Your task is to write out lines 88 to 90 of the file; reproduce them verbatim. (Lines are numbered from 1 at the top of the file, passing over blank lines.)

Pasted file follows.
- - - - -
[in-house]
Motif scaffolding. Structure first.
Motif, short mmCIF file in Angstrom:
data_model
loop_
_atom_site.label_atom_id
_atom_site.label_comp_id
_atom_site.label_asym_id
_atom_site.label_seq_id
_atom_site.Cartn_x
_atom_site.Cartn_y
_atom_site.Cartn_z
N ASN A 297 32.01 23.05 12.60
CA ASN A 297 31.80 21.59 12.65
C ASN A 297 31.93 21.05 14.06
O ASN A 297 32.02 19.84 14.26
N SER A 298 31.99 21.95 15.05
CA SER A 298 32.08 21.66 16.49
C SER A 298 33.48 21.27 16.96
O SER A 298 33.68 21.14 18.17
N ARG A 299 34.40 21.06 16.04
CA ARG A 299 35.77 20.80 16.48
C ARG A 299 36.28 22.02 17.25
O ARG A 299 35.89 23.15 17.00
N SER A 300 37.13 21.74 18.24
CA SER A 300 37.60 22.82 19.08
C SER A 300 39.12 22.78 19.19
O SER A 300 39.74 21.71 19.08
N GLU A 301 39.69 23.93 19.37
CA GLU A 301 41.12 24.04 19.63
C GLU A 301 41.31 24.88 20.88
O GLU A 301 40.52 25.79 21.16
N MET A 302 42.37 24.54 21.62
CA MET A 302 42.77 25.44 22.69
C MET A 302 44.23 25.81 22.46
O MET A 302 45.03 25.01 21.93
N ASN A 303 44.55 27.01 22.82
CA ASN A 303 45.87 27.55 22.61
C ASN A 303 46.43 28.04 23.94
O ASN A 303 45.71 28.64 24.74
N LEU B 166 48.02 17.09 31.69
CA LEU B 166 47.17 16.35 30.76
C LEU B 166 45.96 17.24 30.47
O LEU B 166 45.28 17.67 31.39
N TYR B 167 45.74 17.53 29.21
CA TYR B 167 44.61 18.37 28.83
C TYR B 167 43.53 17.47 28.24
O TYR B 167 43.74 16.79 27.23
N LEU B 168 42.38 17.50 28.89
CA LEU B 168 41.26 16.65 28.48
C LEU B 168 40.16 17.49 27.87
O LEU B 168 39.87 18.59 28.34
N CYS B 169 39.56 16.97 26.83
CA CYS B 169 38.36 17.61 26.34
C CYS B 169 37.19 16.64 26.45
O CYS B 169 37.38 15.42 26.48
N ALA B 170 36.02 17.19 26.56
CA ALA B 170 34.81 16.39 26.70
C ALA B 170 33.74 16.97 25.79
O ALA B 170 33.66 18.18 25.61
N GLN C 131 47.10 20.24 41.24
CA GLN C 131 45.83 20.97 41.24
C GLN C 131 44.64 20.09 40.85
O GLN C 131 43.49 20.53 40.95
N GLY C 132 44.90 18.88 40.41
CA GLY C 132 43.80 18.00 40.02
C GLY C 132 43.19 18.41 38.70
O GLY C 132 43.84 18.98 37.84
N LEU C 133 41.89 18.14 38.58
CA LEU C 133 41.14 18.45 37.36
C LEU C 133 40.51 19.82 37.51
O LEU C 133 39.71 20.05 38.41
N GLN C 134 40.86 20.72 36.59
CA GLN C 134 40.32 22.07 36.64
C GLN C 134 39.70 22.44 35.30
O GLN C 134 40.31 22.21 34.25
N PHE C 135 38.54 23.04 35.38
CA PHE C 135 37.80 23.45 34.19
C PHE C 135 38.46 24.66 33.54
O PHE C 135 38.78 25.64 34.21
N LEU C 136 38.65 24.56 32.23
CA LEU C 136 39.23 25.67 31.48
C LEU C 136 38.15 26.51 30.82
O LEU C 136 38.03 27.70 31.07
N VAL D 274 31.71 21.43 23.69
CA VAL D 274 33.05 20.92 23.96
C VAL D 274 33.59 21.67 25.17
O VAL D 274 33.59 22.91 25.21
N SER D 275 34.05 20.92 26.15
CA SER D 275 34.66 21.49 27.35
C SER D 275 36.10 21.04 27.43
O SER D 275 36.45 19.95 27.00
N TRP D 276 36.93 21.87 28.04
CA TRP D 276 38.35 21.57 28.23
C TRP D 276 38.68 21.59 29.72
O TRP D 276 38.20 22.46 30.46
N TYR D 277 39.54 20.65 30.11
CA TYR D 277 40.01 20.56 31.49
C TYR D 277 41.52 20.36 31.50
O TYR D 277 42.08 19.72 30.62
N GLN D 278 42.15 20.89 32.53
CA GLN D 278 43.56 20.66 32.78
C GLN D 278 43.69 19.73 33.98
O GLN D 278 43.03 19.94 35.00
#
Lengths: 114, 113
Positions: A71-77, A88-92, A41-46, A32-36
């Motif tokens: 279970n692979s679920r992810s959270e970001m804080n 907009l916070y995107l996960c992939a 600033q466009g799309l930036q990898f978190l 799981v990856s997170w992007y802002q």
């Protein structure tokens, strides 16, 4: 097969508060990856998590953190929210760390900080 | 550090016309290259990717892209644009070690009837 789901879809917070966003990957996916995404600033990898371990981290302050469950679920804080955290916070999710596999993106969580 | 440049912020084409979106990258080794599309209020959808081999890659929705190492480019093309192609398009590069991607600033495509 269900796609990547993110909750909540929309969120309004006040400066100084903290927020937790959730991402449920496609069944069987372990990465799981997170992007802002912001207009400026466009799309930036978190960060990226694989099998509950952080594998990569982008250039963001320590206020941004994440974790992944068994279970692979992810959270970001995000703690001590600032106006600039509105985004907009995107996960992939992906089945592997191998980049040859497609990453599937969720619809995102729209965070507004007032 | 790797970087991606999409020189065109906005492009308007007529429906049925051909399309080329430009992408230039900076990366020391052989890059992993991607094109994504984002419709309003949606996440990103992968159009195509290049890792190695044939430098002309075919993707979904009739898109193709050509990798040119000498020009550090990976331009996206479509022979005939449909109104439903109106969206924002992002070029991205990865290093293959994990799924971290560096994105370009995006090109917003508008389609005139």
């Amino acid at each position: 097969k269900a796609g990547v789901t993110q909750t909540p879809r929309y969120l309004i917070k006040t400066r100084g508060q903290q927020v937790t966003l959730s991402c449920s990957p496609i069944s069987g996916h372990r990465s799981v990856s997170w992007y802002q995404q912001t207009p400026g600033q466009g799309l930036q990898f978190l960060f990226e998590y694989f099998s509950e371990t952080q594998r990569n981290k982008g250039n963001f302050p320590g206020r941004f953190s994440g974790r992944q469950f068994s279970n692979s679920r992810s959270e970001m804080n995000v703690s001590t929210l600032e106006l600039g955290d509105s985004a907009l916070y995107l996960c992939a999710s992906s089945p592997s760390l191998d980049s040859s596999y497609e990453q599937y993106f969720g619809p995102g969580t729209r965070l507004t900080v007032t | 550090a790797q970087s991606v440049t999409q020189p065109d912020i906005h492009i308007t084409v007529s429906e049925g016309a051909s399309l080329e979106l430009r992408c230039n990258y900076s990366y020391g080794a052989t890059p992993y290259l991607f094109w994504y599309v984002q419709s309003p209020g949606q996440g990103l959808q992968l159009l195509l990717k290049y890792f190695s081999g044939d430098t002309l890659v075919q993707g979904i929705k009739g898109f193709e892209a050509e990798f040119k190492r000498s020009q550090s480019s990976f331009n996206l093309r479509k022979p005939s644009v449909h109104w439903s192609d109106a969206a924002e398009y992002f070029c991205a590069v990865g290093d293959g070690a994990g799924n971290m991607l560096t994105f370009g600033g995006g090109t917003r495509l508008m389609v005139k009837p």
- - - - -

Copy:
O VAL D 274 33.59 22.91 25.21
N SER D 275 34.05 20.92 26.15
CA SER D 275 34.66 21.49 27.35